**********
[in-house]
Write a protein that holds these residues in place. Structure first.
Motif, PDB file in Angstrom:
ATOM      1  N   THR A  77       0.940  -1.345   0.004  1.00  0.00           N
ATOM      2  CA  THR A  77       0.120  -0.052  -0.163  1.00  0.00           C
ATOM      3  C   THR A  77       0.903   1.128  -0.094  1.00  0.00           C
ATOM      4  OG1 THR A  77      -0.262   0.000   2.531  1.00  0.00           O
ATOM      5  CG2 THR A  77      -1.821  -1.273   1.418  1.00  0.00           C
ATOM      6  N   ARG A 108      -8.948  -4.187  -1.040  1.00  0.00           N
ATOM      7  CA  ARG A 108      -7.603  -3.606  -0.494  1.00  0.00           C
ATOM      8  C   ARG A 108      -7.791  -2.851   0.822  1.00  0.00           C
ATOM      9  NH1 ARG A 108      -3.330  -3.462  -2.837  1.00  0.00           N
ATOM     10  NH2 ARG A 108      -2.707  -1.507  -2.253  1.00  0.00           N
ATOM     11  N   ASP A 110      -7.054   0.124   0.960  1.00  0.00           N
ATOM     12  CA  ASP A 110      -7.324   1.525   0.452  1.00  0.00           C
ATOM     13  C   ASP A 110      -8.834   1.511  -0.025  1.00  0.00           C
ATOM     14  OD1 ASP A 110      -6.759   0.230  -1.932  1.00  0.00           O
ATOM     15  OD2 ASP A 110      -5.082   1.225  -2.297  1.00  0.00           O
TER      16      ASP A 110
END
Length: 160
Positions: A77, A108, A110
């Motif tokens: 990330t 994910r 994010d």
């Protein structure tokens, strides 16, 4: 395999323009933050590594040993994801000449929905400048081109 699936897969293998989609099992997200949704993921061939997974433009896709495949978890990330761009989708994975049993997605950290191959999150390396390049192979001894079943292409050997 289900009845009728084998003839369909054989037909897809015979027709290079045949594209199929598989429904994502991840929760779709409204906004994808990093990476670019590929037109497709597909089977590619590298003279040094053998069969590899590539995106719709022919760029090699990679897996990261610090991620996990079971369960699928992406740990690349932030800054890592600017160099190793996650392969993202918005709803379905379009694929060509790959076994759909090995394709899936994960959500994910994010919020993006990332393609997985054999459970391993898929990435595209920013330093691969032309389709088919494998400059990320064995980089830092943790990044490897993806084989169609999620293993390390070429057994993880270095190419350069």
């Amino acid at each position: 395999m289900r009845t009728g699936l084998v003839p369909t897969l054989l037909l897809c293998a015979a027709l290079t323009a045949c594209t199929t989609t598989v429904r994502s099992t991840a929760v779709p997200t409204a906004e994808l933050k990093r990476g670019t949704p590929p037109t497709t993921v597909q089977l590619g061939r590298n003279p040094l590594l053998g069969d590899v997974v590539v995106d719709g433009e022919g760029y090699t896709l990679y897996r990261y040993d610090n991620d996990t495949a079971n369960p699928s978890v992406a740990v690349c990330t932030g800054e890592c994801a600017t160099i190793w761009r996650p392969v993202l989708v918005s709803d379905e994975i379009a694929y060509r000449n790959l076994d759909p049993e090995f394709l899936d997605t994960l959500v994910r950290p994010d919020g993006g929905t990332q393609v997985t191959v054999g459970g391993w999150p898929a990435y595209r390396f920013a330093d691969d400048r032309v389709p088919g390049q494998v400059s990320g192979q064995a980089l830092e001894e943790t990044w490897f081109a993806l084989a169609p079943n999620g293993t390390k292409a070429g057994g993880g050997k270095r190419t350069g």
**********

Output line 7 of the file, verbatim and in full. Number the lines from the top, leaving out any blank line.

ATOM      4  OG1 THR A  77      -0.262   0.000   2.531  1.00  0.00           O